Promoting Tourism by Taxing Tourists?

Jena McNeill /

Times Square, New York City

The Senate will soon vote on the Travel Promotion Act of 2009. The Act would create a government-run public relations campaign funded by a tax on international visitors. It is being touted as a way to increase travel to the United States. But the economic downturn has not just hit the United States—worldwide pocket books are feeling the crunch. Adding more money to the price tag of travel to the U.S. will likely just encourage international travelers to take a staycation, or spend their money on a trip to another country.

The U.S. tourism industry has definitely been hurt by the recent economic downturn. And it is a vital U.S. industry that must be supported. In 2008, foreign travelers spent more than $100 billion in the United States. Congress should focus, instead, on streamlining visa procedures and processes in a way that keeps Americans safe, but also encourages more folks to come here. The Visa Waiver Program—which allows foreign travelers from certain countries to come to the U.S. without a visa—is a great way to increase travel to the U.S., while stopping terrorists from ever getting here. Heritage Foundation’s new Backgrounder, A Plan to Build on Success, describes how Visa Waiver meets both economic, public diplomacy, and security goals.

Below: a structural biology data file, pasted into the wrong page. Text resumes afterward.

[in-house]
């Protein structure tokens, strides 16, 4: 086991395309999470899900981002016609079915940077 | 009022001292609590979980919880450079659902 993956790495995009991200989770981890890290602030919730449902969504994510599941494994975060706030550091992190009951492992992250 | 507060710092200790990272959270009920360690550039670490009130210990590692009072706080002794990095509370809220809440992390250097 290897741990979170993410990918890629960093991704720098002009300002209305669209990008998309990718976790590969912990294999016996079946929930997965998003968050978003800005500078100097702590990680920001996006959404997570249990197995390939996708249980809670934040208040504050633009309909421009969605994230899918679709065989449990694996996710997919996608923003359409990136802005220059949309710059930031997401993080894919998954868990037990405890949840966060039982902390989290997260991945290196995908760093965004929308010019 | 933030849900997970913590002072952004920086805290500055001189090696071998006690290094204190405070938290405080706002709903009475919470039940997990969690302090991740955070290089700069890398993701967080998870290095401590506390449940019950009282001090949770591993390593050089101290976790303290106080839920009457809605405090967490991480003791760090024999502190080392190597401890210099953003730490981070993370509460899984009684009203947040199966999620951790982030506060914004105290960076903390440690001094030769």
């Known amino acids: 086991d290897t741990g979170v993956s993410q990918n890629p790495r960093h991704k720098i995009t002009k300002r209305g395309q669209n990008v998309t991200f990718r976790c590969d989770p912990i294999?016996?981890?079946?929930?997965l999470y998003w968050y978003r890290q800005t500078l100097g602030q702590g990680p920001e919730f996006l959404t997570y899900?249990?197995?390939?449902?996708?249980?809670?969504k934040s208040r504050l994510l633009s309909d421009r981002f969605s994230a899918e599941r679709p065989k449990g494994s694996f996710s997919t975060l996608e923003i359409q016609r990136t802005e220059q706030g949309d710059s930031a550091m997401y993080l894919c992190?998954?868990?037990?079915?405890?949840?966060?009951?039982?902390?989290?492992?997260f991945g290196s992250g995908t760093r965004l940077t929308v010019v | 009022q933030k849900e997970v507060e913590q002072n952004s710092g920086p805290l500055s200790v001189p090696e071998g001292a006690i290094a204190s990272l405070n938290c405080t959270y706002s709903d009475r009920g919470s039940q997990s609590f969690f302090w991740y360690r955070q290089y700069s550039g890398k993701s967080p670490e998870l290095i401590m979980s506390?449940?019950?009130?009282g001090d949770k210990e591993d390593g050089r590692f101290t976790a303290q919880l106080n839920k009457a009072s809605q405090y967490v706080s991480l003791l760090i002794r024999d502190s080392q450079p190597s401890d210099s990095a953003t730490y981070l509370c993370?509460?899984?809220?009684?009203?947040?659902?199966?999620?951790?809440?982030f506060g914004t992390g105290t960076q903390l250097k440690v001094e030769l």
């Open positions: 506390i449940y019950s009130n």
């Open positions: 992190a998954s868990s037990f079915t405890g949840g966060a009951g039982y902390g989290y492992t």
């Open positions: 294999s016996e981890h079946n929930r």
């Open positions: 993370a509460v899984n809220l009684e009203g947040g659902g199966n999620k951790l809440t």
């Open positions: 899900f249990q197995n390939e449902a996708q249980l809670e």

While taxes might put more money in the coffers of the federal government treasury, it won’t do much to help this ailing sector of the economy. It’s time for Congress to do what it needs to do—make travel easier—and leave the rest to the private sector.